Students across Missouri are preparing to begin the 2019-2020 school year and the Missouri State Highway Patrol is reminding there will be a change in traffic patterns.

MSHP says school buses and parents taking their children to school will join other motorists on the road, which can affect the morning and afternoon commute. In good weather, pedestrian and bicycle traffic increases close to schools.

The Patrol reminds drivers to be alert, especially near school zones, playgrounds, and bicycle paths. Whatever route you drive, expect this additional traffic and prepare by allowing extra time to reach your destination.

In 2018, five people were killed and 457 people were injured in 969 traffic crashes involving school buses. Parents are encouraged to talk to their children about riding a bus, walking, or driving to school in a safe manner. If students ride a bike, make sure they wear a helmet and follow traffic laws.

Missouri law states that on a two-lane road, if a school bus is stopped and displaying warning signals while loading or unloading children, drivers must stop when meeting and following the bus. However, MSHP says it is only necessary to stop on a four-lane highway when following the bus.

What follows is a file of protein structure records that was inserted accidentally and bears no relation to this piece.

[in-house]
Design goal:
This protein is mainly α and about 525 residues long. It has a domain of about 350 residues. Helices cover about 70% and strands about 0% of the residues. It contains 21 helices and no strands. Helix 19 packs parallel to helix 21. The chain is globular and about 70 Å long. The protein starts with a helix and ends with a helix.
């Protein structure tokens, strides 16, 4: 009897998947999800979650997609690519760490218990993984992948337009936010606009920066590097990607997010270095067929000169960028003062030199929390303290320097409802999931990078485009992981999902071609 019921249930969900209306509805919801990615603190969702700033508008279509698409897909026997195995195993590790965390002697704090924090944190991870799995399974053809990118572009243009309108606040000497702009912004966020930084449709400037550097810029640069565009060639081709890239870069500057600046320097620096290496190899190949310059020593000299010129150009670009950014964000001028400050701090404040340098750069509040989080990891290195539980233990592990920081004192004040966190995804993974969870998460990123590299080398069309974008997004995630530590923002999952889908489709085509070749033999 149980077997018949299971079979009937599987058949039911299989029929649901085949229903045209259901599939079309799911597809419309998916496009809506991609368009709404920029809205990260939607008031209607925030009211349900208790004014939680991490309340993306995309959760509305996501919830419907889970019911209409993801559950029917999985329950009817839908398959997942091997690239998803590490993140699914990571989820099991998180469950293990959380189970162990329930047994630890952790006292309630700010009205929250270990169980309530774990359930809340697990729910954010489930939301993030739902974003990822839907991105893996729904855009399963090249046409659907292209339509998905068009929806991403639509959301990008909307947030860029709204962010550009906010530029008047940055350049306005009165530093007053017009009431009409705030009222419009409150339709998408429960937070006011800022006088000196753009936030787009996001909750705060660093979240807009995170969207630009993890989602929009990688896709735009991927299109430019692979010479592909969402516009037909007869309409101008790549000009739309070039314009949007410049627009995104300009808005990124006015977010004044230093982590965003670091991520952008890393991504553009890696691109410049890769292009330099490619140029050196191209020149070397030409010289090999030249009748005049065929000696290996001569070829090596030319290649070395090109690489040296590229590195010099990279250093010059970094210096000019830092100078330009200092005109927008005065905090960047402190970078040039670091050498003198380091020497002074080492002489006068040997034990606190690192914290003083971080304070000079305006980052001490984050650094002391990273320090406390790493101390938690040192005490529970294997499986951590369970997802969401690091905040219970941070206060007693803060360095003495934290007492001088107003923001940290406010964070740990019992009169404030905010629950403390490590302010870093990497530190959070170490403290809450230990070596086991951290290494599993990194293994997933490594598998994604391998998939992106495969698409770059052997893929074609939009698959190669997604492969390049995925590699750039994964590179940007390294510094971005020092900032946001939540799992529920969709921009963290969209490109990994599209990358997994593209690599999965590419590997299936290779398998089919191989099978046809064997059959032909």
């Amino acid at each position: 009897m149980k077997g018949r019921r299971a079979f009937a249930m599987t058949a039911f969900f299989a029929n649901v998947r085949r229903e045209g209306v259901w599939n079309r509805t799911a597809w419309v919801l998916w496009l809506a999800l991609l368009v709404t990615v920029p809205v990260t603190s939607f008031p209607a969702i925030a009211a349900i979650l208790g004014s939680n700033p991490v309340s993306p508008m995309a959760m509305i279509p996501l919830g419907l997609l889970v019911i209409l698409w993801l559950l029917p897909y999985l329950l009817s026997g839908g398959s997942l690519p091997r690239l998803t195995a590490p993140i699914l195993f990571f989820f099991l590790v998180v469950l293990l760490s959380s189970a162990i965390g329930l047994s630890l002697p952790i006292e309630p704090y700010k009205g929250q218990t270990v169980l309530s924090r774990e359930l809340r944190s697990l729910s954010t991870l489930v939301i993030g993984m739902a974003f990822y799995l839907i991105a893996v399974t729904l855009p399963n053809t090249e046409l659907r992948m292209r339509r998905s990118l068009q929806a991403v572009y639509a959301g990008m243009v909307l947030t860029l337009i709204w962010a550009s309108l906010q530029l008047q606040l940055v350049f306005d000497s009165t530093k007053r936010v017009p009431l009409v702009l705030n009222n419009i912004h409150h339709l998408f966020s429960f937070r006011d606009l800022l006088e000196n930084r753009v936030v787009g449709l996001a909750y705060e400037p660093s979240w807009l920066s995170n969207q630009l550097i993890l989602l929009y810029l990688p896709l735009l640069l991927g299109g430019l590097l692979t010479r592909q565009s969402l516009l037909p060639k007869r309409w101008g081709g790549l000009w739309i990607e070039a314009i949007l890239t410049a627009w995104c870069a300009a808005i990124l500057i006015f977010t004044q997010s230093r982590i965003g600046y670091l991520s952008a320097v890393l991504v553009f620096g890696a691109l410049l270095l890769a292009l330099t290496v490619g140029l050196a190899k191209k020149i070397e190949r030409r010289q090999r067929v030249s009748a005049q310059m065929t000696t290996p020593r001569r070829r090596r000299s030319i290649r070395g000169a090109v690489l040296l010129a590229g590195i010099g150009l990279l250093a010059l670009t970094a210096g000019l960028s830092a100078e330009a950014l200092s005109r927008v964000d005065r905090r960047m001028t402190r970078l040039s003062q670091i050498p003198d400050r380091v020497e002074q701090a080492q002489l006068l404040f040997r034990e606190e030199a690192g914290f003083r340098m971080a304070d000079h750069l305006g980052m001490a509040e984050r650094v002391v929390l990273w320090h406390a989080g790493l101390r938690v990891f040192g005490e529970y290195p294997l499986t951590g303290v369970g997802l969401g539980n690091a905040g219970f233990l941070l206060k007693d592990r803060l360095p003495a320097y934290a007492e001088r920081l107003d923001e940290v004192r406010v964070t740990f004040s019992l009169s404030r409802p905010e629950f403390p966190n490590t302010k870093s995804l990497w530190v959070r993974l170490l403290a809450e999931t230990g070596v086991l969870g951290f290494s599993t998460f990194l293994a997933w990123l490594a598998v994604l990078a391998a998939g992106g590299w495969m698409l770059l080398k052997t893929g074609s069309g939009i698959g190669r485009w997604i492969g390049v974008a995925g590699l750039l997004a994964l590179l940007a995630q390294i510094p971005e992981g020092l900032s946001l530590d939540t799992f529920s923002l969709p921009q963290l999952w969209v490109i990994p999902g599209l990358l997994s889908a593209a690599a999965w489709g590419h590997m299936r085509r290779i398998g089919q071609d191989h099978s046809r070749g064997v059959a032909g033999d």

Drivers who see a stopped school bus, should stay alert and follow the law. Children may not be aware of traffic and dart unexpectedly into the roadway.

Most traffic crashes involving young drivers (under the age of 21) in 2018 occurred between 3:00 and 4:00 p.m., when school typically lets out. Many of these drivers are young and inexperienced.

Parents: It is important to encourage young drivers to remember driving is a full-time job. Using a cell phone, texting, or adjusting the radio can be the distraction that leads to a traffic crash. Texting is against the law for anyone under the age of 22. Every driver should be aware of the increased traffic during this time—and not just in areas around schools, as some young drivers are headed to an after-school activity or going to work.